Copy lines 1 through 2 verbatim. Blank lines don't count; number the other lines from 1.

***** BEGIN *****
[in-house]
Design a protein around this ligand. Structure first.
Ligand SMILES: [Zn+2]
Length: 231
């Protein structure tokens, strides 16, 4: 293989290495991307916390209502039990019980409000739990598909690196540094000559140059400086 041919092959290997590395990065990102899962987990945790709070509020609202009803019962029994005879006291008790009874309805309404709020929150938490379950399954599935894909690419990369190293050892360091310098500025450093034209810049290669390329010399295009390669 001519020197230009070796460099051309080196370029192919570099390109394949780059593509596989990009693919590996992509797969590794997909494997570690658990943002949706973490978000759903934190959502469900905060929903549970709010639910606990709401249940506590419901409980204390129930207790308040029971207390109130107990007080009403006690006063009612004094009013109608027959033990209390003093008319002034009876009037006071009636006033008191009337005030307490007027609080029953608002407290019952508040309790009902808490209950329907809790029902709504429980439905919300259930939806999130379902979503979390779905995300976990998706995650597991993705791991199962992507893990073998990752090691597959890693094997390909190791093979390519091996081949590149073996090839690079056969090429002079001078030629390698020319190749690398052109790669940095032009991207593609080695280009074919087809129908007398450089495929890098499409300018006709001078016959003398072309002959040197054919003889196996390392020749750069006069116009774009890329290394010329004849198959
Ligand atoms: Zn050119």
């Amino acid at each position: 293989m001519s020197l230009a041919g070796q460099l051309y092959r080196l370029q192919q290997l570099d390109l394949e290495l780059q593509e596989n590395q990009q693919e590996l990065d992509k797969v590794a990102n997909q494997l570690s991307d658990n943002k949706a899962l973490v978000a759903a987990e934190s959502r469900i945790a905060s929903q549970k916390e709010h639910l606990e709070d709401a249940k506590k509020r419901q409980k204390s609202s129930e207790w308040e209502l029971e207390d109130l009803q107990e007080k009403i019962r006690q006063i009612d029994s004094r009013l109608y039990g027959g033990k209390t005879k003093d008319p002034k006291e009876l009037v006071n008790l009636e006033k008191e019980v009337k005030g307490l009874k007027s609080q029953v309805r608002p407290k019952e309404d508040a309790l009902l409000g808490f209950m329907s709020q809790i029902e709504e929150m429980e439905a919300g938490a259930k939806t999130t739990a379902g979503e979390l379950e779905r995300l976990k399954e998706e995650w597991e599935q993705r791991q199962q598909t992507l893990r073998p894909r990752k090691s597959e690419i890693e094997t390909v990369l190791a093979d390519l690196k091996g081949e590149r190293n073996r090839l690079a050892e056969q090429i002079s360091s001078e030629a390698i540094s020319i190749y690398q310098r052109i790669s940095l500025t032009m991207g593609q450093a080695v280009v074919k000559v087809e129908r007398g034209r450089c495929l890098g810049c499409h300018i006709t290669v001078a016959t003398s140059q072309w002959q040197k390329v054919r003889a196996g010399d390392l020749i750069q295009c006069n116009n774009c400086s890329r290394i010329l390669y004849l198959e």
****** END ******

[in-house]
Design a protein around this ligand. Structure first.